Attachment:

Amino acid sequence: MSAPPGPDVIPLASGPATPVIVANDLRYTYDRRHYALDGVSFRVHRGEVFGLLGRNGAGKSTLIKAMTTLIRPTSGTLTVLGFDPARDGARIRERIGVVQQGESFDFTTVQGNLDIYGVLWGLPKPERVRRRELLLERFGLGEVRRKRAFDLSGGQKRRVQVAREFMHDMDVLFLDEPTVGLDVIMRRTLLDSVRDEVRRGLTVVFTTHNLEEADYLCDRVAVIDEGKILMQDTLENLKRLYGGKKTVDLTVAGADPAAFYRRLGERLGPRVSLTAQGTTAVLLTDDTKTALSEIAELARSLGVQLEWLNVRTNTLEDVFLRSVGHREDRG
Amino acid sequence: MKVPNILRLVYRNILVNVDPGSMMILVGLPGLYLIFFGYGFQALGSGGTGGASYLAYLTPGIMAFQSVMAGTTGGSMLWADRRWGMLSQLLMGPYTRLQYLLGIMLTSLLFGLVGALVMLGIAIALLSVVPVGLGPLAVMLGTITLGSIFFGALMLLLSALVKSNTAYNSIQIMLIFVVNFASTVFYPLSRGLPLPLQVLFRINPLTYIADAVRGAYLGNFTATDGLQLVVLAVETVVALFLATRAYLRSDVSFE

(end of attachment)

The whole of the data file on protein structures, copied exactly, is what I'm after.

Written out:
Amino acid sequence: MSAPPGPDVIPLASGPATPVIVANDLRYTYDRRHYALDGVSFRVHRGEVFGLLGRNGAGKSTLIKAMTTLIRPTSGTLTVLGFDPARDGARIRERIGVVQQGESFDFTTVQGNLDIYGVLWGLPKPERVRRRELLLERFGLGEVRRKRAFDLSGGQKRRVQVAREFMHDMDVLFLDEPTVGLDVIMRRTLLDSVRDEVRRGLTVVFTTHNLEEADYLCDRVAVIDEGKILMQDTLENLKRLYGGKKTVDLTVAGADPAAFYRRLGERLGPRVSLTAQGTTAVLLTDDTKTALSEIAELARSLGVQLEWLNVRTNTLEDVFLRSVGHREDRG
Amino acid sequence: MKVPNILRLVYRNILVNVDPGSMMILVGLPGLYLIFFGYGFQALGSGGTGGASYLAYLTPGIMAFQSVMAGTTGGSMLWADRRWGMLSQLLMGPYTRLQYLLGIMLTSLLFGLVGALVMLGIAIALLSVVPVGLGPLAVMLGTITLGSIFFGALMLLLSALVKSNTAYNSIQIMLIFVVNFASTVFYPLSRGLPLPLQVLFRINPLTYIADAVRGAYLGNFTATDGLQLVVLAVETVVALFLATRAYLRSDVSFE